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Originally Posted by Pete79 View Post
In terms of the backstop I alluded to their being no unilateral exit for the whole UK. This is true.

Regarding homogenization of europe. Of course they are. If I believed that the EU was a force for good I would want them to pursue at least a degree of homogenization in europe. Sharing the same currrency and agreeing to abind by its rules is by definition homogenization. Every society needs it to some extent. Consider the case of the low emissions zone in Madrid. The Mayor of Madrid was going to scrap it (which is crazy), citing traffic as part of Madrids 'culture' - but it would contravene EU standards and they would be fined by the EU commission. Now I think that 'homogenizing' low air pollution targets across the EU is a good thing but should the EU or the elected politicians of Madrid be making the decision?
It was a Spanish judge who stopped our mayor from effecting a false moratorium on fines for entering the low emission zone with polluting cars, in fact - but you're right that cities have to meet pollution targets, or face EU fines.
I'm comfortable with decisions being taken in that sense by a pan European elected body, while the way to meet those targets is decided locally. As is the case.
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  #111411  
Old 15-08-2019, 11:28 AM
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Originally Posted by El Aguila View Post
It was a Spanish judge who stopped our mayor from effecting a false moratorium on fines for entering the low emission zone with polluting cars, in fact - but you're right that cities have to meet pollution targets, or face EU fines.
I'm comfortable with decisions being taken in that sense by a pan European elected body, while the way to meet those targets is decided locally. As is the case.
Sure, I think that it might be better for some decisions to be made in such a way. But others may have valid reasons to disagree e.g businesses which have to pay more. They may dislike it if the charge is levied by their elected local government but resent it if its due to EU mandates in which they have less/no representation. The EU commission isn't elected (as far as I know) but I don't know whether the emissions targets and there enforement were decided by them or the EU's elected parliment.
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  #111412  
Old 15-08-2019, 11:49 AM
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Originally Posted by Pete79 View Post
Sure, I think that it might be better for some decisions to be made in such a way. But others may have valid reasons to disagree e.g businesses which have to pay more. They may dislike it if the charge is levied by their elected local government but resent it if its due to EU mandates in which they have less/no representation. The EU commission isn't elected (as far as I know) but I don't know whether the emissions targets and there enforement were decided by them or the EU's elected parliment.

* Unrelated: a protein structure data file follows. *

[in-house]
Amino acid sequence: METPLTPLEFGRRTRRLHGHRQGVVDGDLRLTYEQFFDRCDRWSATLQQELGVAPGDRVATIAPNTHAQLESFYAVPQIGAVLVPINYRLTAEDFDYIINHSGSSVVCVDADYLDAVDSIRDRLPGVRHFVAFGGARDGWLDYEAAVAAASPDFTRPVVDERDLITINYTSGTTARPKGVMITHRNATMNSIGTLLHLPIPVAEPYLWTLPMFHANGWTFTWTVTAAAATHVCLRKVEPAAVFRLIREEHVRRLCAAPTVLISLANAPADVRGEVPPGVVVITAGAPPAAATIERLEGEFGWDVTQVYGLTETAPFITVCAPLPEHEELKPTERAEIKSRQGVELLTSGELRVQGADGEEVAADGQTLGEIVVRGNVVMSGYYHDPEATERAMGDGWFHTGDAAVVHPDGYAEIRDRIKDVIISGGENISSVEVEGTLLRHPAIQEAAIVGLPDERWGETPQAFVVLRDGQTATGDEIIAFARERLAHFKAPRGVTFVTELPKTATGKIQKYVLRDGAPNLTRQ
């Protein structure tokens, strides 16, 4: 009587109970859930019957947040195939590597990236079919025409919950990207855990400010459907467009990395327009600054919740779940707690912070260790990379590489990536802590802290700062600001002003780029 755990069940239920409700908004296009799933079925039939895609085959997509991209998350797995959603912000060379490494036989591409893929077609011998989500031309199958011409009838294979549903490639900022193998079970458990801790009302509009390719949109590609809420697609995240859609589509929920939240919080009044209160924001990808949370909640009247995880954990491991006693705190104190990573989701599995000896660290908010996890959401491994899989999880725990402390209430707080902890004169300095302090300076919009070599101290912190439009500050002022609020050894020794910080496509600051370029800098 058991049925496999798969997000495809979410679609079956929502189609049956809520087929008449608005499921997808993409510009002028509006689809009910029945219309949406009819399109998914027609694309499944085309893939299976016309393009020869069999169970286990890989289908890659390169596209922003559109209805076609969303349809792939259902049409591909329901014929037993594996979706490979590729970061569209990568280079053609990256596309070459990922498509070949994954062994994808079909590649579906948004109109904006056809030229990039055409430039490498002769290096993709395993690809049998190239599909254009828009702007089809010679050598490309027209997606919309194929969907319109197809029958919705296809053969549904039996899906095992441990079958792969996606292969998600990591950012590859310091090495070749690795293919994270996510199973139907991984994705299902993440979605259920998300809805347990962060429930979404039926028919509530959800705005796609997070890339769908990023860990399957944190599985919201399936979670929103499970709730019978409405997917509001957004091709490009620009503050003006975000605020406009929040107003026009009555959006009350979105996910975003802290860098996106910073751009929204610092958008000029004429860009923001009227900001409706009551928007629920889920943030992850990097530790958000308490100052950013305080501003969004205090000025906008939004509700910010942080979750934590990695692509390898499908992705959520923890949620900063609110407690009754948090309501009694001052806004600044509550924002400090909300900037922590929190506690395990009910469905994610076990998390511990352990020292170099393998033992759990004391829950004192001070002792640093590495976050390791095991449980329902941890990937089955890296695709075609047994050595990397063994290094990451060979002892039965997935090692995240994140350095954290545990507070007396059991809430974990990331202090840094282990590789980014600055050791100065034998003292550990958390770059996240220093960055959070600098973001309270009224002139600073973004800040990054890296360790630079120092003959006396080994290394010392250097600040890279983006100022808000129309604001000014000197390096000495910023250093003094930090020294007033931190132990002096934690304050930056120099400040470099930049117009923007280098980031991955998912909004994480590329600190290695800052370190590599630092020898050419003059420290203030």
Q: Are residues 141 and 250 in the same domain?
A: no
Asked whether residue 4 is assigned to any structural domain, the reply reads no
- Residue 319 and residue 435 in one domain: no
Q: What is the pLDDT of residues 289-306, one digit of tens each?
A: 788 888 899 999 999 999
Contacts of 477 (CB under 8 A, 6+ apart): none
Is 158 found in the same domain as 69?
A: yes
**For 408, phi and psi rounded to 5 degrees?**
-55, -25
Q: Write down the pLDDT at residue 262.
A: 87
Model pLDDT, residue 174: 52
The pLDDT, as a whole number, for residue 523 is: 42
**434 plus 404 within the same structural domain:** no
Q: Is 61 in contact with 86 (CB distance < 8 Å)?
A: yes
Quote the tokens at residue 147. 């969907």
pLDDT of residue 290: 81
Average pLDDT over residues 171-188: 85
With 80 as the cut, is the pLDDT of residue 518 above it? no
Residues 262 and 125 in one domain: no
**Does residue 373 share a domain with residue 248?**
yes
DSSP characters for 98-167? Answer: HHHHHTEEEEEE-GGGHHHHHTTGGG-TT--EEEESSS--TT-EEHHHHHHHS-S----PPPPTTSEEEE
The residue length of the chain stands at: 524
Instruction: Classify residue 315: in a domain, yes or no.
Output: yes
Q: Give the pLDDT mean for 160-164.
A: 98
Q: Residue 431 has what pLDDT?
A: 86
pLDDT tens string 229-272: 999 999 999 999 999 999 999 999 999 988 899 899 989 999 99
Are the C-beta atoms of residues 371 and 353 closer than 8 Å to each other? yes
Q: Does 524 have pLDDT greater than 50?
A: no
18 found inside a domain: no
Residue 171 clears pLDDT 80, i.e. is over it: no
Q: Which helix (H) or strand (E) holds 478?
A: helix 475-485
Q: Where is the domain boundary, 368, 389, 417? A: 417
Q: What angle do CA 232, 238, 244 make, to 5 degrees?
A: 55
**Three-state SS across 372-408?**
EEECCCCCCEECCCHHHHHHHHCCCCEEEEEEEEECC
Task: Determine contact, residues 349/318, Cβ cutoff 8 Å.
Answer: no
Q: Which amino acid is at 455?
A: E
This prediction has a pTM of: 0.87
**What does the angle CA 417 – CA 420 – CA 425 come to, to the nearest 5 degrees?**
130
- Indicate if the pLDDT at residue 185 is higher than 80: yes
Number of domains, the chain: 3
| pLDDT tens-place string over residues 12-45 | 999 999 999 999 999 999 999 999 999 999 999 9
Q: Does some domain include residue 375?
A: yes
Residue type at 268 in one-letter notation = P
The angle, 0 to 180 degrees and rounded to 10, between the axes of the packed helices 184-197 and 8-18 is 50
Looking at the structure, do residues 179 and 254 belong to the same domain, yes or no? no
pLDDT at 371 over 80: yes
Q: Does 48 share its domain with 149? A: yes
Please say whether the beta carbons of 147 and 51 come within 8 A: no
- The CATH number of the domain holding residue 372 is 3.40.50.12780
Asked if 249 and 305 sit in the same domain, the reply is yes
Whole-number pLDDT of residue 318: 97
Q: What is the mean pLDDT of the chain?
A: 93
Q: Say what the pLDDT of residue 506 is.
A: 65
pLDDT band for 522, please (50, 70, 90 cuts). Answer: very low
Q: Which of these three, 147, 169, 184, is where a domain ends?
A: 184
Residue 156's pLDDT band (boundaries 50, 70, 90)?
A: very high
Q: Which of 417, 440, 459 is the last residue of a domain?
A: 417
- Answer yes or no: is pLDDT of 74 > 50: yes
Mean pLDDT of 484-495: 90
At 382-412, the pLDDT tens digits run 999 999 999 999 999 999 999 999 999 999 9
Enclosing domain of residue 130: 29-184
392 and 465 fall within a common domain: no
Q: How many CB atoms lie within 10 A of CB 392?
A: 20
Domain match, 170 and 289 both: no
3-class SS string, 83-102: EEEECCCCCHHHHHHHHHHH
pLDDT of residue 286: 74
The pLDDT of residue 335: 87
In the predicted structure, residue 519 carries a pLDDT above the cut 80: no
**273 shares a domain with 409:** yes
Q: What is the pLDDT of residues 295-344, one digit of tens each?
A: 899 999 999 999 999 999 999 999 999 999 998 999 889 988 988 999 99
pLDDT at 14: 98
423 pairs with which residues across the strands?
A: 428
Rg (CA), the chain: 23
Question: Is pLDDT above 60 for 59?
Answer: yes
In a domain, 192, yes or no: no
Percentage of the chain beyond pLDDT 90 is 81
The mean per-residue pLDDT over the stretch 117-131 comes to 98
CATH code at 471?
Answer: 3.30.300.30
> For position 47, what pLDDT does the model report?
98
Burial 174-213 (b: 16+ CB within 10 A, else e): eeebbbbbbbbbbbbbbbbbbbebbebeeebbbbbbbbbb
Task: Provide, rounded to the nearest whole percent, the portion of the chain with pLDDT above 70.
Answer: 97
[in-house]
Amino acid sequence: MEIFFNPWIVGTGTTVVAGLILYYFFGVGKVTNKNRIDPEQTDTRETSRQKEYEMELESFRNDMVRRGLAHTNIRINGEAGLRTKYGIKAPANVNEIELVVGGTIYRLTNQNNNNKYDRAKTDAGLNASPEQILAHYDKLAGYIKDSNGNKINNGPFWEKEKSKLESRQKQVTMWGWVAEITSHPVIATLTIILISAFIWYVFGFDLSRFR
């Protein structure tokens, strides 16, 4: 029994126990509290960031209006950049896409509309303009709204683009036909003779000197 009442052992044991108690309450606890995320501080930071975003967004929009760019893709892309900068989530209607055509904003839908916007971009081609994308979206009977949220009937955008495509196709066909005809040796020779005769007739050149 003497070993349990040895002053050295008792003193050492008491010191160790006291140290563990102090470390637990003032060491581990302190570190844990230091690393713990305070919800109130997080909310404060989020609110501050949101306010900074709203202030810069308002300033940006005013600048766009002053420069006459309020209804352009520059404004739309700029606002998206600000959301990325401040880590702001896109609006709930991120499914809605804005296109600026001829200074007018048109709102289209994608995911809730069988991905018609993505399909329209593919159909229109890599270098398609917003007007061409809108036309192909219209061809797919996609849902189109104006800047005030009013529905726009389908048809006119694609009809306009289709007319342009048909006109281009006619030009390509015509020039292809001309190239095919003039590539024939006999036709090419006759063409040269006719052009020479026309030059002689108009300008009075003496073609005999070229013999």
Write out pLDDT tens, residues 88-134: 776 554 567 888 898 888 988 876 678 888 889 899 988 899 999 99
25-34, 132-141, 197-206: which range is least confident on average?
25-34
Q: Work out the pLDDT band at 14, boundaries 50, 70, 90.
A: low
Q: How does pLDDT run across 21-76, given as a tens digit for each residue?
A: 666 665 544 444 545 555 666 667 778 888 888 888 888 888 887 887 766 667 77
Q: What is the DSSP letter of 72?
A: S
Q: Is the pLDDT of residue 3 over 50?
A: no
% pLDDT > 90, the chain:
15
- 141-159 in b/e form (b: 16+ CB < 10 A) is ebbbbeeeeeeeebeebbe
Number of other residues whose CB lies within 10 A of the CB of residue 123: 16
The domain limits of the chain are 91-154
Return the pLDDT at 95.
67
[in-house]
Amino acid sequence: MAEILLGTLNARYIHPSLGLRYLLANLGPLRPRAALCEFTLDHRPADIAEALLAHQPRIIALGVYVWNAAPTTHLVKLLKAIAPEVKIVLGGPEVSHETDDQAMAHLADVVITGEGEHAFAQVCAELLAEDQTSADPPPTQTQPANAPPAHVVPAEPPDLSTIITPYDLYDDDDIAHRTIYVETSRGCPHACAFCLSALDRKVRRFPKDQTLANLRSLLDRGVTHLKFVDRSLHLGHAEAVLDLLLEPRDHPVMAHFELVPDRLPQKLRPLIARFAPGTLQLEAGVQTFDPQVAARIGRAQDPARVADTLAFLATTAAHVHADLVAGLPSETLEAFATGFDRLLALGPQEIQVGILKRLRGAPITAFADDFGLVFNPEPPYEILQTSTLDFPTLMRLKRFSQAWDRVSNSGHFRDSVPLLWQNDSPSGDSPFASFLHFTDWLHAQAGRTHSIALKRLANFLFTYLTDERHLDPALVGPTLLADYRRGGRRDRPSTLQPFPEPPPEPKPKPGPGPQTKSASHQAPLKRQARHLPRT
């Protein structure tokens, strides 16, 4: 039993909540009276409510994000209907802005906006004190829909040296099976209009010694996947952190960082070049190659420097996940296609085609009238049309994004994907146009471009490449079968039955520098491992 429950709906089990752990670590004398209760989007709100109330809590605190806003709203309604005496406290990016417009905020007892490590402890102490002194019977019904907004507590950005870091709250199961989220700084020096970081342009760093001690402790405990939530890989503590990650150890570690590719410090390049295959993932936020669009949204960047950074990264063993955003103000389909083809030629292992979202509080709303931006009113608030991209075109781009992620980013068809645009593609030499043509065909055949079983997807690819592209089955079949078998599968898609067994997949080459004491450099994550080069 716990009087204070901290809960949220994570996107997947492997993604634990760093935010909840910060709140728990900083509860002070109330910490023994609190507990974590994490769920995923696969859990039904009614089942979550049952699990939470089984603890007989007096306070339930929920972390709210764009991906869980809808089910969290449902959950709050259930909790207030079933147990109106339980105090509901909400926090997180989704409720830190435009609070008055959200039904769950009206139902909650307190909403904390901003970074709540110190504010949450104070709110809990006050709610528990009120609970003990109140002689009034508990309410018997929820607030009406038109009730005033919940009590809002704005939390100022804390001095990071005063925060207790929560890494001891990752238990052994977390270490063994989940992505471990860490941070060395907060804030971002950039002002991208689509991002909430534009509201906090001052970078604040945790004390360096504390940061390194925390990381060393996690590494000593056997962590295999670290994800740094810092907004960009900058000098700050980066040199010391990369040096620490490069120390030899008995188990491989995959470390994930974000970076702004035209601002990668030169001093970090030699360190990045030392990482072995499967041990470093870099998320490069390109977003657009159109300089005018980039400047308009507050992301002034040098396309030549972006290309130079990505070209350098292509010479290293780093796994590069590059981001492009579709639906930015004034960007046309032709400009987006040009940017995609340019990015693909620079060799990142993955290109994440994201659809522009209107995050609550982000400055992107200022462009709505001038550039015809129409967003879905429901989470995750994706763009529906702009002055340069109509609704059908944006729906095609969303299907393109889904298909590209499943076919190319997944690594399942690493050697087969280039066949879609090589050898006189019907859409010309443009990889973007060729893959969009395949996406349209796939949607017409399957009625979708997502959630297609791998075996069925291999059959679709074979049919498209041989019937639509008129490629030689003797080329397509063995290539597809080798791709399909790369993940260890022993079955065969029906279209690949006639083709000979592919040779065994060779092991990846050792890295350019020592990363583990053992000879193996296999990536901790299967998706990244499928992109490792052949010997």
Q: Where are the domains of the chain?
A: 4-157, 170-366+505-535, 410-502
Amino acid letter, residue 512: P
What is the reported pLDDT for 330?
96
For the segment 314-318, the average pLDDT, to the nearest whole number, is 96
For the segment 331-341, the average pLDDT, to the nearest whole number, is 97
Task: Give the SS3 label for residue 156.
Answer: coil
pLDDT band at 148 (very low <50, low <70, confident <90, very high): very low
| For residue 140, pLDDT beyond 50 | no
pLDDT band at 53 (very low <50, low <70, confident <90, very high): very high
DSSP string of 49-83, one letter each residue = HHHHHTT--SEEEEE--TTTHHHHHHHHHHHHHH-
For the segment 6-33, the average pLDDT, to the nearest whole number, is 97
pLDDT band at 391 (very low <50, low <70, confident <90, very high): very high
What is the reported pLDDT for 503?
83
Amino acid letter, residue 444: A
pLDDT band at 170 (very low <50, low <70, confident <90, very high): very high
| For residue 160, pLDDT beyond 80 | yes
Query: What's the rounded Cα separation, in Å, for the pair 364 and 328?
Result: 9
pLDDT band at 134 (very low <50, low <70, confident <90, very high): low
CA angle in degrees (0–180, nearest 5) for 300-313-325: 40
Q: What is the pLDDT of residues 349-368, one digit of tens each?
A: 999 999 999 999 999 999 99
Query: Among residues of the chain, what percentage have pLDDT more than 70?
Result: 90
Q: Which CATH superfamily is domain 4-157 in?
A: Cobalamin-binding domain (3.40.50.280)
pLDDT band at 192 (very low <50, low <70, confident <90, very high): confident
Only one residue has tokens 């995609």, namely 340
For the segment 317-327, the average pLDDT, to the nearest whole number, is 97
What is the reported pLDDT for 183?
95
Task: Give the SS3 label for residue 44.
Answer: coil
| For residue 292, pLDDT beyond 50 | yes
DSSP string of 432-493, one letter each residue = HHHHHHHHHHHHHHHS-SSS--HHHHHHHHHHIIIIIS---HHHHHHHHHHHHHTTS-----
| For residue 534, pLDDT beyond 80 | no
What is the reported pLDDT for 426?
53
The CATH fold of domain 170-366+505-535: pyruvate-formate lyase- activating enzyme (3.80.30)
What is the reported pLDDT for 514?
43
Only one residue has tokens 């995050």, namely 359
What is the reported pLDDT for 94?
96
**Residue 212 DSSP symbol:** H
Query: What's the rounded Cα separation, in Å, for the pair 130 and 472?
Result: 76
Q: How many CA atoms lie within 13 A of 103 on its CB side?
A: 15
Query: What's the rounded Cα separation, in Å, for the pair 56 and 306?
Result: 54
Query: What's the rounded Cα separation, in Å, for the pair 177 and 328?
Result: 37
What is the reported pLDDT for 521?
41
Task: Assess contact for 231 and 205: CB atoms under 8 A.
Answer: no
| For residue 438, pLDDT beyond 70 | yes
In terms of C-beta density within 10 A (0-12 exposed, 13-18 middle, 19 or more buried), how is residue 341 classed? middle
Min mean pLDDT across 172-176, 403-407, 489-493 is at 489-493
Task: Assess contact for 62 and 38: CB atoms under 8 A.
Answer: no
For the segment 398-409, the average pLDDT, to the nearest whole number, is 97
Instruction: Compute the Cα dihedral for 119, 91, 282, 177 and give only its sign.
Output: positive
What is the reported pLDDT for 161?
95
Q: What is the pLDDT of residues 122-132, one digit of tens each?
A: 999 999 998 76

Happy to be corrected on this but it would appear the proposals came from the commission but were approved by the council and parliament.

Frankly if the EU commission decided unilaterally (which they haven't) that the air we have to breathe has to be cleaner then I am all for their unelected dictatorship surrounding this issue. The fact that our government or Madrid's government fail to meet these targets should be the worry really.
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  #111413  
Old 15-08-2019, 11:51 AM
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Madrid Centro - where I live - voted massively for Mas Madrid and other parties which introduced, and planned to extend, the emission free zone. Is it fair for the wealthier and less occupied areas to our north, to vote to pollute us?

These decisions have to get past the european parliament, council and commission. It's a canard to suggest they are taken and implemented by unelected bodies.
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  #111414  
Old 15-08-2019, 11:53 AM
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why have a race to reduce standards?
Completely agree, but Halal meat is here to stay I'm afraid.
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  #111415  
Old 15-08-2019, 12:06 PM
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Completely agree, but Halal meat is here to stay I'm afraid.